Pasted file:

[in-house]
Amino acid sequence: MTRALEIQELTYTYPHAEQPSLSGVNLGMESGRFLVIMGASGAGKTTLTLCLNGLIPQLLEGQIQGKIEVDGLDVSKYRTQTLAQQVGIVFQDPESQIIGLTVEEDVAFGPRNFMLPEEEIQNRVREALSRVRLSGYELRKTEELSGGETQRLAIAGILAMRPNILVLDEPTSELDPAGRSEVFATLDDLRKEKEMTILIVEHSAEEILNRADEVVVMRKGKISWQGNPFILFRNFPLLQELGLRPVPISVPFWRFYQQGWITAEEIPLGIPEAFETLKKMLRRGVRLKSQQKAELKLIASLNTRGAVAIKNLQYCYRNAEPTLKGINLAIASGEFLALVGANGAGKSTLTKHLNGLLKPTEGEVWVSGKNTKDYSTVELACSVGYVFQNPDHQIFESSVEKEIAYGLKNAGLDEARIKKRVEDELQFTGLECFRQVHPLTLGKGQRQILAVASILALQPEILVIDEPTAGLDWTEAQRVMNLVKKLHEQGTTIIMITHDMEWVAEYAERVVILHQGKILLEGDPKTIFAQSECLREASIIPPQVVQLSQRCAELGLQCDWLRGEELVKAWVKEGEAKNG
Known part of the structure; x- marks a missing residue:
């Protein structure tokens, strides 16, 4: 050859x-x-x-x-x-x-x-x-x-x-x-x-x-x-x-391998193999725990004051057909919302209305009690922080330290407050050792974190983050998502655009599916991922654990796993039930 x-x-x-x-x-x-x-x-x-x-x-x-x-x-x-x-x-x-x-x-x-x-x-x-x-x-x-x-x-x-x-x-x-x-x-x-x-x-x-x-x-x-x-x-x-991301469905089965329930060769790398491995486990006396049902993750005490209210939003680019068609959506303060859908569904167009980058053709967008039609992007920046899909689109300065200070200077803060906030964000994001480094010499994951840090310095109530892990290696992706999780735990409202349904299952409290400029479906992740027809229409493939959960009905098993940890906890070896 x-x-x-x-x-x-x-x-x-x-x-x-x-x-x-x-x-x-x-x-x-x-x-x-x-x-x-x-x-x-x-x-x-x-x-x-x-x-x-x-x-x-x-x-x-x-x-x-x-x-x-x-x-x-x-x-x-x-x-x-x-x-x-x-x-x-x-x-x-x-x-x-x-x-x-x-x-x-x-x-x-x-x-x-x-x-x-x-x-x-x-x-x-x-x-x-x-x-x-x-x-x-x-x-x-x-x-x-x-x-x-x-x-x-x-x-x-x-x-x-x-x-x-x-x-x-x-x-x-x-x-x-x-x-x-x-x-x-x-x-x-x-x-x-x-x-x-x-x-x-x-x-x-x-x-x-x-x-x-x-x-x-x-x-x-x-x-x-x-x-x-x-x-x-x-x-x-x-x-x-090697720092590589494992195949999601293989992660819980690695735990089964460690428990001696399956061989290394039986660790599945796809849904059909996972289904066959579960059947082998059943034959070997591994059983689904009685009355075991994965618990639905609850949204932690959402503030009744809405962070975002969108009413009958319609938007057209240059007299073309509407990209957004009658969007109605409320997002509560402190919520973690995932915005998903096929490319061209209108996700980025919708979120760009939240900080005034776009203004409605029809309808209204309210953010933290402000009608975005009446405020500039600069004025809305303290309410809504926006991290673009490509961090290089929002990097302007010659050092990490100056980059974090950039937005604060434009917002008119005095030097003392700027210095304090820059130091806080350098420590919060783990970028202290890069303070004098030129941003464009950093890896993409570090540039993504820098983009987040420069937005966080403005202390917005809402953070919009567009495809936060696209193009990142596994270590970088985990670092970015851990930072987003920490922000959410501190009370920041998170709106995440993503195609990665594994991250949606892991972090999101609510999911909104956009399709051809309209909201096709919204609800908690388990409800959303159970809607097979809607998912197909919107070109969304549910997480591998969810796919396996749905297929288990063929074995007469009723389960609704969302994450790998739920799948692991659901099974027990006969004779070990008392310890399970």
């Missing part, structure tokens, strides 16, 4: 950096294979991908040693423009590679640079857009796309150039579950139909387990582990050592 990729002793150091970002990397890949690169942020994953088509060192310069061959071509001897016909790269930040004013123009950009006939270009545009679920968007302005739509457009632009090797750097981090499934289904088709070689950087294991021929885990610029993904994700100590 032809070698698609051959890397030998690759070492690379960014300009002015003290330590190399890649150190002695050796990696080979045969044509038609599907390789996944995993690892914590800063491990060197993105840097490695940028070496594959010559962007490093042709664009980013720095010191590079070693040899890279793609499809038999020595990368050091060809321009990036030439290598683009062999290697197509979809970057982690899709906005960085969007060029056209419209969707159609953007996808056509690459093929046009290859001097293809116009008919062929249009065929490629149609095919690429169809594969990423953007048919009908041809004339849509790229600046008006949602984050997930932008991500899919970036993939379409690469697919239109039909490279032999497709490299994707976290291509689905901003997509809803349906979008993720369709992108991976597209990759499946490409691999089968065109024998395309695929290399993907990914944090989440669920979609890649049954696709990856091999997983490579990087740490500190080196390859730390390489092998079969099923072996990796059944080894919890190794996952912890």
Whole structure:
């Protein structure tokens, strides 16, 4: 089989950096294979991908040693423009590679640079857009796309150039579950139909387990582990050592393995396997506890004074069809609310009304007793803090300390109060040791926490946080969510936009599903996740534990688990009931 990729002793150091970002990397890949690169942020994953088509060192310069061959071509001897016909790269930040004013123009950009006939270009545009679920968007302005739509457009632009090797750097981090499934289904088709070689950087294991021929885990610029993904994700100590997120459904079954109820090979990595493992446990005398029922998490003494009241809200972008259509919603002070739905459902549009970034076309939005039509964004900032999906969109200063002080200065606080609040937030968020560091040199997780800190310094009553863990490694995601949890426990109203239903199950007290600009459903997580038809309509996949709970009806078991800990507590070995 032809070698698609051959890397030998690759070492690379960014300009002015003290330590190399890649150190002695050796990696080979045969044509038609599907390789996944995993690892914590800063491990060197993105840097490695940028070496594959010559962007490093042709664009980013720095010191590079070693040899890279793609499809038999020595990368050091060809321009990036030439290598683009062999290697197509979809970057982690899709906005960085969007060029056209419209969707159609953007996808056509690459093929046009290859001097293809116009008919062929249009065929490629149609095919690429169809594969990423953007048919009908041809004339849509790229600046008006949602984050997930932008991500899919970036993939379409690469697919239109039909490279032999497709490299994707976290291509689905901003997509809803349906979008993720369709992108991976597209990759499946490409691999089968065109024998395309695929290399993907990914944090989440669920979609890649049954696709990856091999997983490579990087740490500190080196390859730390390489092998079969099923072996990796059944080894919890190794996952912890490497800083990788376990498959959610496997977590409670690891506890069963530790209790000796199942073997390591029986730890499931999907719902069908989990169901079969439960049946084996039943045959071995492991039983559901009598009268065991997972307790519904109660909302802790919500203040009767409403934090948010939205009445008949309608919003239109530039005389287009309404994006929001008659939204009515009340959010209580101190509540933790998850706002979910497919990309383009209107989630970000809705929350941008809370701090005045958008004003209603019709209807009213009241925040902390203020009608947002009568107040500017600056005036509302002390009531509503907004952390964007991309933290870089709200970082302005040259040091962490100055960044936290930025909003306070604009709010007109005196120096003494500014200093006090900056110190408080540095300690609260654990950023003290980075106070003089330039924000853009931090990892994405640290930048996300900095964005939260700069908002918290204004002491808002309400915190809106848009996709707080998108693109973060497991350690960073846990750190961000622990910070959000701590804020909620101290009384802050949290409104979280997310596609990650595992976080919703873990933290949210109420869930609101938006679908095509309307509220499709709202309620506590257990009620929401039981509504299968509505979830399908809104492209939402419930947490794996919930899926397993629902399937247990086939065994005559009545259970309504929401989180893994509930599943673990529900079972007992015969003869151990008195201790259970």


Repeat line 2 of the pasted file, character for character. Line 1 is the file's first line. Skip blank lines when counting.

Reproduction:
Amino acid sequence: MTRALEIQELTYTYPHAEQPSLSGVNLGMESGRFLVIMGASGAGKTTLTLCLNGLIPQLLEGQIQGKIEVDGLDVSKYRTQTLAQQVGIVFQDPESQIIGLTVEEDVAFGPRNFMLPEEEIQNRVREALSRVRLSGYELRKTEELSGGETQRLAIAGILAMRPNILVLDEPTSELDPAGRSEVFATLDDLRKEKEMTILIVEHSAEEILNRADEVVVMRKGKISWQGNPFILFRNFPLLQELGLRPVPISVPFWRFYQQGWITAEEIPLGIPEAFETLKKMLRRGVRLKSQQKAELKLIASLNTRGAVAIKNLQYCYRNAEPTLKGINLAIASGEFLALVGANGAGKSTLTKHLNGLLKPTEGEVWVSGKNTKDYSTVELACSVGYVFQNPDHQIFESSVEKEIAYGLKNAGLDEARIKKRVEDELQFTGLECFRQVHPLTLGKGQRQILAVASILALQPEILVIDEPTAGLDWTEAQRVMNLVKKLHEQGTTIIMITHDMEWVAEYAERVVILHQGKILLEGDPKTIFAQSECLREASIIPPQVVQLSQRCAELGLQCDWLRGEELVKAWVKEGEAKNG